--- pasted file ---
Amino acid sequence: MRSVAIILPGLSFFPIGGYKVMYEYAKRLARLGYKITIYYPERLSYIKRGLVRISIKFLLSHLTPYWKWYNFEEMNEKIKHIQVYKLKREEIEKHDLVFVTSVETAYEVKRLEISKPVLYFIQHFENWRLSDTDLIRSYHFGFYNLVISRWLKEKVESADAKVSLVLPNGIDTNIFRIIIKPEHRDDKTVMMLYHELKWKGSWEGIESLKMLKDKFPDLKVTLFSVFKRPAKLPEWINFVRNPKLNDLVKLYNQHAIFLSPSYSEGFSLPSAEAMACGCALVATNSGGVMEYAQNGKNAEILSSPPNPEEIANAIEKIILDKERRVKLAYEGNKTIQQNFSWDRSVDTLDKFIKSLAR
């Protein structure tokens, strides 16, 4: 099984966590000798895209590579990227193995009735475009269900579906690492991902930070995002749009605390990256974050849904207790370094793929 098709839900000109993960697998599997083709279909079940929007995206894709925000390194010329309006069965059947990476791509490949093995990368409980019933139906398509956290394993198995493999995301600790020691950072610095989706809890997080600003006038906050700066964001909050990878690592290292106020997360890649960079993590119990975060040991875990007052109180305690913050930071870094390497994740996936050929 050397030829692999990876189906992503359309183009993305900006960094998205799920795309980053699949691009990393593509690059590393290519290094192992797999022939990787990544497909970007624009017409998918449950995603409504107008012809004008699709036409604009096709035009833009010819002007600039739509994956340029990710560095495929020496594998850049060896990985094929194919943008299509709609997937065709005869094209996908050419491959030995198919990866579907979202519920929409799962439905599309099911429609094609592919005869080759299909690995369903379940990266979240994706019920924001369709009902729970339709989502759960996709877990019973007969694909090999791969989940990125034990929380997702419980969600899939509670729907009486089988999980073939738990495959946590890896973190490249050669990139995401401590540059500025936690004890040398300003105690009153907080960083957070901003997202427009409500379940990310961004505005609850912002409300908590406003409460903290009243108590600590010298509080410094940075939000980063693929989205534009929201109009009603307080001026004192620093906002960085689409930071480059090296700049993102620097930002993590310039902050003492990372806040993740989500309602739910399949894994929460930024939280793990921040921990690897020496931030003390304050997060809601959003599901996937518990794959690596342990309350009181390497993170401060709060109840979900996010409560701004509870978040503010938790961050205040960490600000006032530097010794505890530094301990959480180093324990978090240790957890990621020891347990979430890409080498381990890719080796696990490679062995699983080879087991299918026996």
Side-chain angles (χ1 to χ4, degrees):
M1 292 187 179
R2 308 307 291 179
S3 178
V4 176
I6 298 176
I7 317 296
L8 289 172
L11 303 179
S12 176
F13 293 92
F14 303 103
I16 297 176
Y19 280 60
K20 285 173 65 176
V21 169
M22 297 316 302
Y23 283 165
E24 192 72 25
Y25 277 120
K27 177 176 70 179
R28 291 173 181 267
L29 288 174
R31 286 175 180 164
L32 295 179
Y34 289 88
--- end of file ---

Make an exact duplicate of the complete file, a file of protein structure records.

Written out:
Amino acid sequence: MRSVAIILPGLSFFPIGGYKVMYEYAKRLARLGYKITIYYPERLSYIKRGLVRISIKFLLSHLTPYWKWYNFEEMNEKIKHIQVYKLKREEIEKHDLVFVTSVETAYEVKRLEISKPVLYFIQHFENWRLSDTDLIRSYHFGFYNLVISRWLKEKVESADAKVSLVLPNGIDTNIFRIIIKPEHRDDKTVMMLYHELKWKGSWEGIESLKMLKDKFPDLKVTLFSVFKRPAKLPEWINFVRNPKLNDLVKLYNQHAIFLSPSYSEGFSLPSAEAMACGCALVATNSGGVMEYAQNGKNAEILSSPPNPEEIANAIEKIILDKERRVKLAYEGNKTIQQNFSWDRSVDTLDKFIKSLAR
């Protein structure tokens, strides 16, 4: 099984966590000798895209590579990227193995009735475009269900579906690492991902930070995002749009605390990256974050849904207790370094793929 098709839900000109993960697998599997083709279909079940929007995206894709925000390194010329309006069965059947990476791509490949093995990368409980019933139906398509956290394993198995493999995301600790020691950072610095989706809890997080600003006038906050700066964001909050990878690592290292106020997360890649960079993590119990975060040991875990007052109180305690913050930071870094390497994740996936050929 050397030829692999990876189906992503359309183009993305900006960094998205799920795309980053699949691009990393593509690059590393290519290094192992797999022939990787990544497909970007624009017409998918449950995603409504107008012809004008699709036409604009096709035009833009010819002007600039739509994956340029990710560095495929020496594998850049060896990985094929194919943008299509709609997937065709005869094209996908050419491959030995198919990866579907979202519920929409799962439905599309099911429609094609592919005869080759299909690995369903379940990266979240994706019920924001369709009902729970339709989502759960996709877990019973007969694909090999791969989940990125034990929380997702419980969600899939509670729907009486089988999980073939738990495959946590890896973190490249050669990139995401401590540059500025936690004890040398300003105690009153907080960083957070901003997202427009409500379940990310961004505005609850912002409300908590406003409460903290009243108590600590010298509080410094940075939000980063693929989205534009929201109009009603307080001026004192620093906002960085689409930071480059090296700049993102620097930002993590310039902050003492990372806040993740989500309602739910399949894994929460930024939280793990921040921990690897020496931030003390304050997060809601959003599901996937518990794959690596342990309350009181390497993170401060709060109840979900996010409560701004509870978040503010938790961050205040960490600000006032530097010794505890530094301990959480180093324990978090240790957890990621020891347990979430890409080498381990890719080796696990490679062995699983080879087991299918026996």
Side-chain angles (χ1 to χ4, degrees):
M1 292 187 179
R2 308 307 291 179
S3 178
V4 176
I6 298 176
I7 317 296
L8 289 172
L11 303 179
S12 176
F13 293 92
F14 303 103
I16 297 176
Y19 280 60
K20 285 173 65 176
V21 169
M22 297 316 302
Y23 283 165
E24 192 72 25
Y25 277 120
K27 177 176 70 179
R28 291 173 181 267
L29 288 174
R31 286 175 180 164
L32 295 179
Y34 289 88